Article · Mar 2010
    • In addition to the correlation analyses with well-known biomarkers, PA28γ serum levels were compared with anti-PA28γ autoantibody levels. These autoantibodies were detected in several autoimmune disorders including SLE and SS [41]. Our results indicate a significant connection between PA28γ protein levels and anti-PA28γ autoantibody levels even in RA sera.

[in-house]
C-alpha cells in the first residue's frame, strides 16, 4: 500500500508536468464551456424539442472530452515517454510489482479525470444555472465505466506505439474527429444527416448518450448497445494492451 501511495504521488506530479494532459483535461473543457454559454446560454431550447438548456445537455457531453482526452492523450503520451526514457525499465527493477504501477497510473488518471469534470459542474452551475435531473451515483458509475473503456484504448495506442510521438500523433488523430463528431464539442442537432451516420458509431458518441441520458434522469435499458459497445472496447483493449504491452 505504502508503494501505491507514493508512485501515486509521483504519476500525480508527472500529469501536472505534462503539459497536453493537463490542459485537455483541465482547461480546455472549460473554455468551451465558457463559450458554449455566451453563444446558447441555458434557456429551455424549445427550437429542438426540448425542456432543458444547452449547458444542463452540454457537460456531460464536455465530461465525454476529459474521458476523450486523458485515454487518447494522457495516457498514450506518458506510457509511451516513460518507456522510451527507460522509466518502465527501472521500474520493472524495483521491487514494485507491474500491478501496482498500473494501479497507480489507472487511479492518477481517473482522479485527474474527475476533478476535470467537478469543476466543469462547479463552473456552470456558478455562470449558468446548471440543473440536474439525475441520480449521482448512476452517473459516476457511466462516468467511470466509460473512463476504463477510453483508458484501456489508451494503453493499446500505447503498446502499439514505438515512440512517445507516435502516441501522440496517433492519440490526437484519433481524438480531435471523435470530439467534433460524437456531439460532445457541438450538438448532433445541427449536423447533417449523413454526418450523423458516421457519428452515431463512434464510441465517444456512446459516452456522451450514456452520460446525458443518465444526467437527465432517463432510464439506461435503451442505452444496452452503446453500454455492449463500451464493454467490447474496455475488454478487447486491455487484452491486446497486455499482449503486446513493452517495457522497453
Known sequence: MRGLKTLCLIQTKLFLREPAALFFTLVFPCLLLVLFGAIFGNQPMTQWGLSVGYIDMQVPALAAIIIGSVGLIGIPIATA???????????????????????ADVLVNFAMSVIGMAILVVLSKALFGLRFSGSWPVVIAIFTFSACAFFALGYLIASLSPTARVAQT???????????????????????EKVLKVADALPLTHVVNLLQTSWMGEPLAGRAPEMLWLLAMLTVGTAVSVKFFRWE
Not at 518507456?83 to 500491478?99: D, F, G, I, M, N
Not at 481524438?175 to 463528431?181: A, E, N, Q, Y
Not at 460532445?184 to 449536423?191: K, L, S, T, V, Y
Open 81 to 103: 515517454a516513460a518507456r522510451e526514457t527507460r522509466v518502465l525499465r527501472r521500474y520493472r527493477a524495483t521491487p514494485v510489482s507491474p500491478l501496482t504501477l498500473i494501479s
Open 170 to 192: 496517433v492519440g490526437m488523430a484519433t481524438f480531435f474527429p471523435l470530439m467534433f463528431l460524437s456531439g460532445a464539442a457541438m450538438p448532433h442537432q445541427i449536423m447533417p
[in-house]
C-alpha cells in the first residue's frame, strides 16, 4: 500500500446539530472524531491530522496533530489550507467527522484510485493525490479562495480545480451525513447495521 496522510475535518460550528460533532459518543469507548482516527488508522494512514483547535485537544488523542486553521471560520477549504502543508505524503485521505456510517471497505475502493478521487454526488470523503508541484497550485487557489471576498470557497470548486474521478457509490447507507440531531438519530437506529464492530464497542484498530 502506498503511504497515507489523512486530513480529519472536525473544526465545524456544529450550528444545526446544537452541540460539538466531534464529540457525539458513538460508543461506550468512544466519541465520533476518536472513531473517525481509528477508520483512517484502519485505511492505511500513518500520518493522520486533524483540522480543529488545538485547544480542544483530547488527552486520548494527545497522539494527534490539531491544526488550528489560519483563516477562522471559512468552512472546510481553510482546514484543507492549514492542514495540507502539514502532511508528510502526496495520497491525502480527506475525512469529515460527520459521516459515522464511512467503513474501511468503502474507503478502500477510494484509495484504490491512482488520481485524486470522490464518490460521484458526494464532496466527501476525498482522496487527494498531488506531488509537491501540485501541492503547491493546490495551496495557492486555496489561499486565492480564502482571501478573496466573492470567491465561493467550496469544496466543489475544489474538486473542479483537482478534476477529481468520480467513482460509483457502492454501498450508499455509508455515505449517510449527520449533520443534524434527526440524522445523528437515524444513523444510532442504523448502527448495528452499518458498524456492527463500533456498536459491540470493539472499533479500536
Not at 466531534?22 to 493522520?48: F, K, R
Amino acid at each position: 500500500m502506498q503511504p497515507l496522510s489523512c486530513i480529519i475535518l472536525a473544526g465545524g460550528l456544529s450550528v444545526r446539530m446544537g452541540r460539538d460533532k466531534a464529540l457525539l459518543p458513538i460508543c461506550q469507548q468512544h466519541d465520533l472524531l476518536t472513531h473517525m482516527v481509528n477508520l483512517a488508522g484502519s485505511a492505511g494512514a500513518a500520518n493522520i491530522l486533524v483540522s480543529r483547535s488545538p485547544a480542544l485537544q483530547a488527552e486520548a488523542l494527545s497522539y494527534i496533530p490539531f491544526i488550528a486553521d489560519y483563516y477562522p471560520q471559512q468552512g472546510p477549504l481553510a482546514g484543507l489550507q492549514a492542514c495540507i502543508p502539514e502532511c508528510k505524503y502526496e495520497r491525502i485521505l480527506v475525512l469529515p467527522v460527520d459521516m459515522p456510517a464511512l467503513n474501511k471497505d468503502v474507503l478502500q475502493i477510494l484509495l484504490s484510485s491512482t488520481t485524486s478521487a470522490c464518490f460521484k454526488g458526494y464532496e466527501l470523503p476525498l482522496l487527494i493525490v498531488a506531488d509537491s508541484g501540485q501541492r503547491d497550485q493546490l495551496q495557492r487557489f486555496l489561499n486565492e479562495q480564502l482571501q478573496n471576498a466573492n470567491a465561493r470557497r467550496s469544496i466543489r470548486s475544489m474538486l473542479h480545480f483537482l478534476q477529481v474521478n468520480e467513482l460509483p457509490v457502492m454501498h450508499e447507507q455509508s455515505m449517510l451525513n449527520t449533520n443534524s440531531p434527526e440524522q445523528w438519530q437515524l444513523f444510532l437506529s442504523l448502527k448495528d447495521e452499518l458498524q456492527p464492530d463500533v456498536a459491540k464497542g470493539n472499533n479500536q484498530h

[Show abstract] [Hide abstract] ABSTRACT: PA28gamma (also known as Ki, REG gamma, PMSE3), a member of the ubiquitin-and ATP-independent proteasome activator family 11S, has been proved to show proteasome-dependent and -independent effects on several proteins including tumor suppressor p53, cyclin-dependent kinase inhibitor p21 and steroid receptor co-activator 3 (SCR-3). Interestingly, PA28gamma is overexpressed in pathological tissue of various cancers affecting e. g. breast, bowl and thyroids. Furthermore, anti-PA28gamma autoantibodies have been linked to several autoimmune disorders. The aim of this study was to develop and evaluate a novel and sensitive PA28gamma sandwich ELISA for the quantification of PA28gamma serum levels in patients with cancer and autoimmune diseases for diagnostic and prognostic purposes. PA28gamma-specific polyclonal antibodies and recombinant His-tagged PA28gamma were purified and used to develop a sandwich ELISA for the detection of circulating PA28gamma. With this new assay, PA28gamma serum levels of patients with various cancers, rheumatoid arthritis (RA), Sjogren's syndrome (SS), adult-onset Still's disease (AOSD) and different connective-tissue diseases (CTD) were compared with healthy control subjects. Anti-PA28gamma autoantibodies were additionally confirmed using a newly developed microbead assay. The developed PA28gamma sandwich ELISA showed a high specificity with a detection limit of 3 ng/ml. A significant up-regulation of circulating PA28gamma was detected in the sera of patients with cancer, RA, SS and CTD. A significant correlation was observed dependent on age as well as anti-PA28gamma autoantibody levels with circulating PA28gamma protein levels. Furthermore, PA28gamma serum levels showed a correlation with disease activity in patients with RA under treatment with the T-cell directed biological compound abatacept according to disease activity score 28 (DAS28) and erythrocyte sedimentation rate (ESR). The application of PA28gamma as a novel biomarker for diagnostic purposes of a specific disease is limited, since elevated levels were observed in different disorders. However, the correlation with disease activity in patients with RA suggests a prognostic value, which needs to be addressed by further studies. Therefore our results show that PA28gamma is a useful marker which should be included in studies related to novel treatments, e.g. abatacept.